“微积分二：数列与级数”将介绍数列、无穷级数、收敛判别法和泰勒级数。本课程不仅仅满足于得到答案，而且要做到知其然，并知其所以然。

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微积分二: 数列与级数 (中文版)

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“微积分二：数列与级数”将介绍数列、无穷级数、收敛判别法和泰勒级数。本课程不仅仅满足于得到答案，而且要做到知其然，并知其所以然。

From the lesson

泰勒级数

在最后一个模块中，我们介绍泰勒级数。与从幂级数开始并找到其代表的函数的更好描述不同，我们将从函数开始，并尝试为其寻找幂级数。无法保证一定会成功！但令人难以置信的是，许多我们最喜欢的函数都具有幂级数表达式。有时，梦想会成真。和许多梦想相似，多数不说为妙。我希望对泰勒级数的这一简介能激起你学习更多微积分的欲望。

- Jim Fowler, PhDProfessor

Mathematics

Analyticity.

[SOUND] Suppose f is a function and

suppose that I can compute the derivative of f at 0,

the second derivative of f at 0, the third derivative of f at 0,

the fourth derivative of f at 0, and so on.

Suppose that I can compute the nth derivative of f(0),

regardless of what n is.

So in short, suppose that f is infinitely differentiable at 0,

meaning that, although it might be really hard, at least in principle,

I could compute the millionth derivative at 0, the billionth derivative at 0.

I could compute any higher derivative that I want, at the point 0.

Well, then the power series for f around 0 as the sum n goes from 0 to infinity,

of the nth derivative of f at 0.

This is the thing that makes sense, because f is infinitely differentiable.

Divided by n!, times x to the n.

But what I don't know is whether that power series converges to f

when x is near, but not equal to 0.

What I'm asking is whether this Taylor series is actually

equal to the function, right?

What's the relationship between this Taylor series and

the original function that I'm studying?

Sometimes, it happens that the function is equal to its Taylor series.

Let's give a name to that phenomena.

Here's how we're going to talk about this.

The function f, which I'm assuming to be infinitely differentiable,

is said to be real analytic at the point 0 if there's

some number R positive so that this happens.

So that the function is equal to its Taylor series,

maybe not everywhere, but at least when x is within R of 0.

You can make this a bit more general.

Well, let's think about what this is really talking about, right?

What this definition is trying to get at is the idea that the function is equal to

its Taylor series around 0.

That's what real analytic at 0 means.

It means the function has a power series representation around 0.

Well, to generalize this, I can talk about power series around other points.

So here's the definition of what it means for a function to be real analytic

not just at zero, but real analytic at some arbitrary point a.

Well, it should still mean that there's some big R,

which will measure how far x is from a now, instead of from 0.

And here I've written down the Taylor series around 0, but

I should write down the Taylor series around a.

So instead of differentiating at 0,

I'll differentiate f n times at evaluate it at a, and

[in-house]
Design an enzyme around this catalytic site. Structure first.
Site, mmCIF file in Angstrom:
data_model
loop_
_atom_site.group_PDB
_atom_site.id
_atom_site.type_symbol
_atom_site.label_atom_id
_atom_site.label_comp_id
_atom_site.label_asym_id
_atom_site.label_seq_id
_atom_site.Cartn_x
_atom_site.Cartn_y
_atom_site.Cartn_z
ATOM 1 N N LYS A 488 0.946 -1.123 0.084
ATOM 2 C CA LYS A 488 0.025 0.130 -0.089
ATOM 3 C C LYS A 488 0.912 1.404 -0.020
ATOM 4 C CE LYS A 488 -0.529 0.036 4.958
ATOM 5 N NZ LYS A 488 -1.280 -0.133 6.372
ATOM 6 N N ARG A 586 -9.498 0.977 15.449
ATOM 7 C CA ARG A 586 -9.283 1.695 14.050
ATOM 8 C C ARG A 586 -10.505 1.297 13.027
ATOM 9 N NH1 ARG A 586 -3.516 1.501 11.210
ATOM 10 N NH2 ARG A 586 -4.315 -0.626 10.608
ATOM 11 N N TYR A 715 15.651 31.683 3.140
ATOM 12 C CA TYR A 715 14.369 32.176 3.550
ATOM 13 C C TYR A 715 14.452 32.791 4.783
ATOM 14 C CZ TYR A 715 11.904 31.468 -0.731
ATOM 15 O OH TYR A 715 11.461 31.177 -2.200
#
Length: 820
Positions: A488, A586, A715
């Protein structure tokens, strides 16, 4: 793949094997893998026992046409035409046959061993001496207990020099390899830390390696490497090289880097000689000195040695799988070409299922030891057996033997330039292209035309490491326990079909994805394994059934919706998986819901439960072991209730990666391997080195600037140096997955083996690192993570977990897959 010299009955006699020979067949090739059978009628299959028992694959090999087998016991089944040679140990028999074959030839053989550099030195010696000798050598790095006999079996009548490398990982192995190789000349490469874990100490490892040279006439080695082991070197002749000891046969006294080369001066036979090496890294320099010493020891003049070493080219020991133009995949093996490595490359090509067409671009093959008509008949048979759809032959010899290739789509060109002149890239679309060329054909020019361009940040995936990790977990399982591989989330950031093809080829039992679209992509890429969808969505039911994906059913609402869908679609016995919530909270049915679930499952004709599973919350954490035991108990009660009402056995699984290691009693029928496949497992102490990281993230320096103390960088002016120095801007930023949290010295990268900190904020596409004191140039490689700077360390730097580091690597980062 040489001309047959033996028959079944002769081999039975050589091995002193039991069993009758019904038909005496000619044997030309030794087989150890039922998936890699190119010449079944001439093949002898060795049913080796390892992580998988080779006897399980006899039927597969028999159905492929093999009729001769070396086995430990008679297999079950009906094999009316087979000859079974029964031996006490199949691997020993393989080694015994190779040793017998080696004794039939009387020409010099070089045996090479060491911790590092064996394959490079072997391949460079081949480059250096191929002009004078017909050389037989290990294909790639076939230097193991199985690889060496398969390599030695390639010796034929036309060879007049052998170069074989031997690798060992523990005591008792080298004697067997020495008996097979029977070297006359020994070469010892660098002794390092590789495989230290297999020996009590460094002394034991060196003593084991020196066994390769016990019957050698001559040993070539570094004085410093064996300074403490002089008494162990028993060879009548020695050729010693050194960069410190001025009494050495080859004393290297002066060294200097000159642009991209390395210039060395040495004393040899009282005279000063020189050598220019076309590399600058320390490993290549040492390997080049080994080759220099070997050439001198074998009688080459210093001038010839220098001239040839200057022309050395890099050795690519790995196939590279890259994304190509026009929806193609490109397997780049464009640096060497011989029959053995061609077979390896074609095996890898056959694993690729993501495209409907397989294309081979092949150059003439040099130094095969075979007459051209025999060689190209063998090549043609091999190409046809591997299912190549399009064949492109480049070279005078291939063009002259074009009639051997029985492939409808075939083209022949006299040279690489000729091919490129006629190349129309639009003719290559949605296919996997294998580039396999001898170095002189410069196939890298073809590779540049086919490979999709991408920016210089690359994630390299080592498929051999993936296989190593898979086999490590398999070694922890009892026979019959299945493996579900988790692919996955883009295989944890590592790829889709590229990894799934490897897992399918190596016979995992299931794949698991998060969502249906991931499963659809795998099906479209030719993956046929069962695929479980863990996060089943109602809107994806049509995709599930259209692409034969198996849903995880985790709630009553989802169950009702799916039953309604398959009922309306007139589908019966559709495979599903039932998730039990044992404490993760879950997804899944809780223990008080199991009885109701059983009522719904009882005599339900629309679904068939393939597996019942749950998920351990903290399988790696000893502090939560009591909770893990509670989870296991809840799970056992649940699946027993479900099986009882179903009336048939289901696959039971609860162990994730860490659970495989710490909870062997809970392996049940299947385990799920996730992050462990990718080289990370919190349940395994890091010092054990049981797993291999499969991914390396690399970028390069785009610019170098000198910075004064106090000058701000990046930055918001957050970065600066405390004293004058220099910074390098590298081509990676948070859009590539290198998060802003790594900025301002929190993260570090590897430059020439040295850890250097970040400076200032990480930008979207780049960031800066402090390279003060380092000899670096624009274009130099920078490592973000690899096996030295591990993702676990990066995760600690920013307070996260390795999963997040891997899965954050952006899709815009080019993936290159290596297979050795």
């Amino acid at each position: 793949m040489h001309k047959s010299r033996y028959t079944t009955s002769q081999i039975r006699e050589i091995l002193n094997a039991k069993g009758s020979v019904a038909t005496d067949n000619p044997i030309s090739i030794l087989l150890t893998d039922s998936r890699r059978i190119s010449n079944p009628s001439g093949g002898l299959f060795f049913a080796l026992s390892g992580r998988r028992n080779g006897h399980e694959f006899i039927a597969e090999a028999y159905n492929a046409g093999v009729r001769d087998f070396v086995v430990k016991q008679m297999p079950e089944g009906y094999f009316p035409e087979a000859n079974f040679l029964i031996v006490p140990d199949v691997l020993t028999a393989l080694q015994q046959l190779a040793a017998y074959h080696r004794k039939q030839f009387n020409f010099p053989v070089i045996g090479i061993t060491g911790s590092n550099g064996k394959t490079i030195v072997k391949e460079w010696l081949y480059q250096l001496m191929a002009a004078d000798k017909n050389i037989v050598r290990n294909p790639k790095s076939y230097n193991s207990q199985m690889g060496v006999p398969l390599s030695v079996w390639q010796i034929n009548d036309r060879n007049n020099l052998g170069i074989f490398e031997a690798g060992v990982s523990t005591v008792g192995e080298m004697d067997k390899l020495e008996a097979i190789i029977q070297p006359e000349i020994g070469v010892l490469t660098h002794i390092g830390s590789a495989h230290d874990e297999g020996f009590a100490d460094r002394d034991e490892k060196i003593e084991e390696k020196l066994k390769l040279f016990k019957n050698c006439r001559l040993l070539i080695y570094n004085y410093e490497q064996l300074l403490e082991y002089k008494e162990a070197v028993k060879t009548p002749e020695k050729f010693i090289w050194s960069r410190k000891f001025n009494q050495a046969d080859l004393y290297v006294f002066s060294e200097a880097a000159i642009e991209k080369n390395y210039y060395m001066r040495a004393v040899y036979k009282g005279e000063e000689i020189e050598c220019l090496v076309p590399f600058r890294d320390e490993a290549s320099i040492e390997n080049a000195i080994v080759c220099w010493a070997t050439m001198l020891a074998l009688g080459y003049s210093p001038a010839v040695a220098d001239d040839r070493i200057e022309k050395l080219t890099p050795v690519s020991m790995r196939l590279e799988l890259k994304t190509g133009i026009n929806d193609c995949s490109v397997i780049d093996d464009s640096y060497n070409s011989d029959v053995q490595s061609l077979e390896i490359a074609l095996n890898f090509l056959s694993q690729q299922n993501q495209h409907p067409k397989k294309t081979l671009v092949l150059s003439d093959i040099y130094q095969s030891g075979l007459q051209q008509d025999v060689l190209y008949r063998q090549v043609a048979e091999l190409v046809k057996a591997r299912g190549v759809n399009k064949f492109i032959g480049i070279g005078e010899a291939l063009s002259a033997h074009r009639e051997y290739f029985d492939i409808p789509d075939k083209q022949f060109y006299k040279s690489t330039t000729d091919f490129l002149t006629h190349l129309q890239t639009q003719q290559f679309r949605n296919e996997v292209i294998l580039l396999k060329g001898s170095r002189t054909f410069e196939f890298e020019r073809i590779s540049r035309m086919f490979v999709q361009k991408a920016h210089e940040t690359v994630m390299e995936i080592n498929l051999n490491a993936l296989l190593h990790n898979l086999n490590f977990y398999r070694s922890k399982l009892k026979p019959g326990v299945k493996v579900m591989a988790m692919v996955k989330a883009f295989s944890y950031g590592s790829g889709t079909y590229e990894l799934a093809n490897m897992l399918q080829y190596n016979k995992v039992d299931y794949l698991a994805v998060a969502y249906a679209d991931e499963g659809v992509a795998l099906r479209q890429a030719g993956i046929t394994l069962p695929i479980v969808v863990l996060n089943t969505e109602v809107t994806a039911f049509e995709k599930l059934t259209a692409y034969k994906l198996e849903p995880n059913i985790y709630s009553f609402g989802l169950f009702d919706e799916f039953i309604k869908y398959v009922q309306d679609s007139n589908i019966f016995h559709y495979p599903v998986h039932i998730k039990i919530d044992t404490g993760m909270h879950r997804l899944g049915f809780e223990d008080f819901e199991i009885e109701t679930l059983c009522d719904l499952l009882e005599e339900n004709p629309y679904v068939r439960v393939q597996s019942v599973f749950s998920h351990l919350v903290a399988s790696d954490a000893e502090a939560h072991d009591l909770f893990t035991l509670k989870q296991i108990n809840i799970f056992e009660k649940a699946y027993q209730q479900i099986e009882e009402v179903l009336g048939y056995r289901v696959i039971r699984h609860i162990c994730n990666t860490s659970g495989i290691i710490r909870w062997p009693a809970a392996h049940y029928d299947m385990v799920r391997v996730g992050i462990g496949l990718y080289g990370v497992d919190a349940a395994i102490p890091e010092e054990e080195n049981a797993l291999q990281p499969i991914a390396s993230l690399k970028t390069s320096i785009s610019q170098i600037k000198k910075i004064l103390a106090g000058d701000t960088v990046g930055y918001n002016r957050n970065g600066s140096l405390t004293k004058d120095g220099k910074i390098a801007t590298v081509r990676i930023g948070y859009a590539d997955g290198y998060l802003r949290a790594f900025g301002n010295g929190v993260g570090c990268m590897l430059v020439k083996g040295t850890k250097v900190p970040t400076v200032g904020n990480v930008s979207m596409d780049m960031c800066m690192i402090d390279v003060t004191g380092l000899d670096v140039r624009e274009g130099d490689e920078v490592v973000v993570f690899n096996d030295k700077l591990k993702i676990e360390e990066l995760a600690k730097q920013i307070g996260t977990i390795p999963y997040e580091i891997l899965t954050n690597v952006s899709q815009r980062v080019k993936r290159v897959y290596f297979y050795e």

then I'll multiply not just by x, but by (x- a) to the nth power.

And then I don't want to say that x is close to 0,

I want to say that x is within R of a.

So this is saying that, at least near a,

when you're within R of a, f can be written as a power series.

And that's what it means to say that f is real analytic at a point a.

Let me draw a diagram, to try to convey what is going on here.

Let's suppose that this piece of paper represents all of the functions,

from the real numbers to the real numbers.

And plenty of those functions are just miserable functions.

Here's a graph of a terrible looking function,

it's got a lot of discontinuities.

Some of these functions, though, are continuous, so

within the collection of all functions, I've got the continuous functions.

Here's a graph of what looks to be a continuous function.

Still not great because it's still got these spikes but at least it's continuous.

Now some of these continuous functions are differentiable.

A function that's differentiable is necessarily continuous.

So within the collection of all continuous functions,

there's smaller collection of just the differentiable functions.

They don't have these terrible spikes.

But just because you're differentiable doesn't mean that you're,

let's say, twice differentiable, or three times differentiable.

So within the collection of all the differentiable functions there's

an even smaller collection of functions, which are infinitely differentiable.

These are functions that I can differentiate once, twice, three times.

These are functions I can differentiate as many times as I like.

Sometimes people call these functions smooth functions or c infinity functions.

This is a very restrictive class of functions.

But there's an even more restrictive class of functions.

Within the smooth functions, there's a smaller collection of functions,

the real analytic functions.

These functions aren't just smooth,

right, it's not just that I can differentiate these functions.

These functions also have the property that if I write down their Taylor series

around some point, that Taylor series converges near that point to the function.

So these real analytic functions are really quite special.

I mean, not every function is real analytic and yet the surprise is that so

many of the functions that we care the most about turn out to be real analytic.

[SOUND]

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